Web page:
The first volume was a surprising gift from a friend's father in 1990 - I'd been the beneficiary of his generosity in the past, as he disbursed the books he accumulated in a career at Irish broadcaster RTE, but I remember being struck that this was a rather more impressive gift than usual. Sadly it remained largely unread through university years - somewhat ironic given the courses in medieval history I took, only picked up when working life and exigencies of a commute impelled me to raid the large unread pile that a decade in higher education can leave you with, and the publication of the 2nd volume reminded me of the first's existence.
Size makes these books daunting, but right from the start, with the lavish description of the funeral of Charles IV in 1328 you realise that this is something deserving of your time. Reading weighty hardback tomes isn't easy on South London commuter trains, especially when you're also trying to juggle a cup of coffee, but some efforts are worth it.
The work is rooted in a traditional highly narrative form of history. As such it may not be scholastic, and academics may legitimately question whether it says much that's genuinely new, but it's probably better for it. Much in the same way as I prefer Runciman's somewhat discredited history of the crusades to more modern interpretations of the Latin East, Sumption's treatment is capable of immersing the reader in the 14th century world, and sweeping you a long with the period's inherent drama.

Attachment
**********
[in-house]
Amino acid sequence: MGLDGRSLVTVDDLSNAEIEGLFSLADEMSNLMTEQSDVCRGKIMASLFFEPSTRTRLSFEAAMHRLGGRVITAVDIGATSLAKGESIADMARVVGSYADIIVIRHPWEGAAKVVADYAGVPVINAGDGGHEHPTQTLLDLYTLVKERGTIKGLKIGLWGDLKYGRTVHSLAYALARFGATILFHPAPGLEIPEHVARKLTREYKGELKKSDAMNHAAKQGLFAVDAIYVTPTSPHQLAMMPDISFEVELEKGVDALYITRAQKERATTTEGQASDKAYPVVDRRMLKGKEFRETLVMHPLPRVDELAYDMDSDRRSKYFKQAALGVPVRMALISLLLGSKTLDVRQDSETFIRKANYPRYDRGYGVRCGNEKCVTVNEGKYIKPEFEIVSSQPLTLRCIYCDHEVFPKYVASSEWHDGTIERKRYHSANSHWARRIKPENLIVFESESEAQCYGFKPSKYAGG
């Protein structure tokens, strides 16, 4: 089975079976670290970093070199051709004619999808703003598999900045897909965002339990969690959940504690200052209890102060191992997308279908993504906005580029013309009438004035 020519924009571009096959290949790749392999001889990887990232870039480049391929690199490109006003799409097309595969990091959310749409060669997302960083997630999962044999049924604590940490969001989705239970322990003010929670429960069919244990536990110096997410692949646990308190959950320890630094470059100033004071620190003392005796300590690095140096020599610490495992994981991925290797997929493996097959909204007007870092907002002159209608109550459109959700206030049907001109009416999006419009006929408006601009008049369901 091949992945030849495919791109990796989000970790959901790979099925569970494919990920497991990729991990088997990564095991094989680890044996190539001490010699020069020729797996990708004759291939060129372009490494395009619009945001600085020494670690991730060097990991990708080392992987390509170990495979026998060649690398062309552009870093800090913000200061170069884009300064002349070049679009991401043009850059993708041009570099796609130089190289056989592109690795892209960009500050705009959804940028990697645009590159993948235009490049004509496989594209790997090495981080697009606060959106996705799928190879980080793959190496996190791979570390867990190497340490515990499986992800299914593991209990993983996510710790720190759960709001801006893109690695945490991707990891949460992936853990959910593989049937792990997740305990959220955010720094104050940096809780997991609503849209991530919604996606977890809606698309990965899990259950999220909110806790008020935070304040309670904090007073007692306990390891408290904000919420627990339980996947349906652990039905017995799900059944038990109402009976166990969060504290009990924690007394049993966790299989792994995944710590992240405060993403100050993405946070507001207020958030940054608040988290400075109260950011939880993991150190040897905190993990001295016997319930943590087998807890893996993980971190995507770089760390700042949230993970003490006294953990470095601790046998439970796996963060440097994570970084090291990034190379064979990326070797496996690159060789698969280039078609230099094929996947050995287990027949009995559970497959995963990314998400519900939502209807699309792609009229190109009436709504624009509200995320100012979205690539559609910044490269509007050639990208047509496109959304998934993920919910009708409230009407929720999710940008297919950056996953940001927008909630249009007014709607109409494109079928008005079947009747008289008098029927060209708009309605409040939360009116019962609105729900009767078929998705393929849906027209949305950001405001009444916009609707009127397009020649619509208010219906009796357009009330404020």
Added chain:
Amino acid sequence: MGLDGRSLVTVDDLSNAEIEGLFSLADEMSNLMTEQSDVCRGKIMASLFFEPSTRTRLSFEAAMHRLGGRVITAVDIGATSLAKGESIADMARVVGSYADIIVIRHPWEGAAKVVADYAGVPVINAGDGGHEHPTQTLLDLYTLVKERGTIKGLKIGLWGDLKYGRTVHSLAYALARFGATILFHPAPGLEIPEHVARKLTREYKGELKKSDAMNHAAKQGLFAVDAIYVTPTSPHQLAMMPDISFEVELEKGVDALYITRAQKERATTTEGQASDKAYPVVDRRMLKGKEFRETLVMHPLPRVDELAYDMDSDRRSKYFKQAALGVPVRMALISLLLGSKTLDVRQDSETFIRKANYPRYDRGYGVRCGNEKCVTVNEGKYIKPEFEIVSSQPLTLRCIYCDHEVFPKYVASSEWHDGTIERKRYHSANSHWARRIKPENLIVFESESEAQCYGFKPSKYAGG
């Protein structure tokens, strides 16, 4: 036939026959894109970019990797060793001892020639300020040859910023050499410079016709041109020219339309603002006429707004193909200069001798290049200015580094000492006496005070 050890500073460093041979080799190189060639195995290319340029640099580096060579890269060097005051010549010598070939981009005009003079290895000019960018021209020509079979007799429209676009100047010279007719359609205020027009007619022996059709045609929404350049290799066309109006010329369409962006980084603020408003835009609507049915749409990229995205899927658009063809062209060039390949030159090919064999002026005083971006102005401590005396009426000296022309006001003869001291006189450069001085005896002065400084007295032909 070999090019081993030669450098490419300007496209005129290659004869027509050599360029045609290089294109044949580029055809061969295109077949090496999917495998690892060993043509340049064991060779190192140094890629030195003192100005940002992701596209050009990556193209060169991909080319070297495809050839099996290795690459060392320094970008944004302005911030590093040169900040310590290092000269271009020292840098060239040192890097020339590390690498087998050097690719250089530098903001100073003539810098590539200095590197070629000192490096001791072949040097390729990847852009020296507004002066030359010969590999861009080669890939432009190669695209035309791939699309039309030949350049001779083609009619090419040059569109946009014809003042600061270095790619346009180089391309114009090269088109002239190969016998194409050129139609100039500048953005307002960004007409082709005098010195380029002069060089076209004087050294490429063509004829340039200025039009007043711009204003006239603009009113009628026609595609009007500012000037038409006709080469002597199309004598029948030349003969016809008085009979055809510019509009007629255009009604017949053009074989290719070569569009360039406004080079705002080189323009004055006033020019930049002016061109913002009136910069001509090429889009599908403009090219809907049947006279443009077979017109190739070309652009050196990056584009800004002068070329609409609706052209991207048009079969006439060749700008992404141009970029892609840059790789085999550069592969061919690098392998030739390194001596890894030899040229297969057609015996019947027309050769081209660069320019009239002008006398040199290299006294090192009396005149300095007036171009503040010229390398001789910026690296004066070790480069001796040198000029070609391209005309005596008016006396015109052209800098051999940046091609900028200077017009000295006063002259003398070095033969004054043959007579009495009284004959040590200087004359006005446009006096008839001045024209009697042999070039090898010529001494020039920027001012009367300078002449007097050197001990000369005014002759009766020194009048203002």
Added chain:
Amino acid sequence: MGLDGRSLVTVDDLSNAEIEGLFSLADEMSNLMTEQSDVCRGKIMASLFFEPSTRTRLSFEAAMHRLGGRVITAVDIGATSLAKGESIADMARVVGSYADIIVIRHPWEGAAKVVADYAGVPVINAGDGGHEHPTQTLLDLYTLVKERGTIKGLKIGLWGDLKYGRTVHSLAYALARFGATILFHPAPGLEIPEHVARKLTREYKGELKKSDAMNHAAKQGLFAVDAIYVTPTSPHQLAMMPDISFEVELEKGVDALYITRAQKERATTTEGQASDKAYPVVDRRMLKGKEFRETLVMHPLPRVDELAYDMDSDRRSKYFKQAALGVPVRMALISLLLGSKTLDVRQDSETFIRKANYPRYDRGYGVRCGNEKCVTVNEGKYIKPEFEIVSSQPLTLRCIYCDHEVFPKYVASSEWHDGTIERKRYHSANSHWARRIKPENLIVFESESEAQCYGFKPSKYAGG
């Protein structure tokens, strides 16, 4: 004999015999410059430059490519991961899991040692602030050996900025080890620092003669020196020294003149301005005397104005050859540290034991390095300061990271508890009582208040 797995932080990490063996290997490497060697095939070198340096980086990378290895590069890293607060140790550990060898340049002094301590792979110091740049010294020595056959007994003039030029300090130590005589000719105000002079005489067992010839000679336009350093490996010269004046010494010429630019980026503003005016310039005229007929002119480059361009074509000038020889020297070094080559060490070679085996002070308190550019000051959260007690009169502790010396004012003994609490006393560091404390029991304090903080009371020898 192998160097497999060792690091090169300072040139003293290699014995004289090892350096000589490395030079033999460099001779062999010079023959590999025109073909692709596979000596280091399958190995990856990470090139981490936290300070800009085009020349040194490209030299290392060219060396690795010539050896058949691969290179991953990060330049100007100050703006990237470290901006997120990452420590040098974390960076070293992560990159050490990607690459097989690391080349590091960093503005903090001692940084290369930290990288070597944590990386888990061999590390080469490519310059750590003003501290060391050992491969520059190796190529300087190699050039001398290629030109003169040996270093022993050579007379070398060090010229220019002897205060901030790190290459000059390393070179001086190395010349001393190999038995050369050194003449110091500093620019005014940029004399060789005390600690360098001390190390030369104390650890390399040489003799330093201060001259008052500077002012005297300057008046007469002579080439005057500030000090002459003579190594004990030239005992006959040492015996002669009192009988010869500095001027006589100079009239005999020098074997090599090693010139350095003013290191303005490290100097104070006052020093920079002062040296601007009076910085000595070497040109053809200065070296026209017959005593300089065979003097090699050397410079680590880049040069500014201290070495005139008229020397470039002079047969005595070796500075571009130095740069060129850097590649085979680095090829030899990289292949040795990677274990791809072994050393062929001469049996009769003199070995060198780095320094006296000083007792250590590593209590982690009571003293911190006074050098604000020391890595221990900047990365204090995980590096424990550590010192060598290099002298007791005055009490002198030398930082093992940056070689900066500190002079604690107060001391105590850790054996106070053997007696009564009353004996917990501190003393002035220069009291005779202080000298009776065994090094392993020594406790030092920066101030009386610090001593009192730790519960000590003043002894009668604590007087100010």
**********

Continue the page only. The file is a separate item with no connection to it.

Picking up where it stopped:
In terms of location it reminds you that France really is very big, but also that through much of the terrain familiar to British visitors to the continent there runs a rich vein of history when France and England were inextricably linked. It's also a timely reminder that the Hundred Years War was not just a Franco-British affair but in reality a much wider European conflict dragging in the low countries, Spain, and Italy and serving to shape the continent in many ways.
It does also reinforce some key points. Medieval warfare was not perpetual combat - financial realities meant it couldn't be so, and for those whose familiarity with the period is driven by the (admittedly rather good) Medieval Total War computer game or the more elaborate battle scenes in "Kingdom of Heaven", it comes as a surprise to be reminded that warfare was not conducted with a cast of thousands, instead small handfuls of fighting men would in the main shape the course of battle - cataclysmic confrontations such as Crecy or Agincourt (the latter still far from being covered in Sumption's work) very much the exception.
Despite this, it's probably not popular history - it's far too weighty for that, and this is a real shame. History such as this, talking about Kings, Queens, and battles, isn't trendy today, but it's the sort of story that can get people interested and excited. The French to their credit have grasped this with the magnificent visitor centre now at Azincourt, one can only wish that more of this would percolate through in Britain.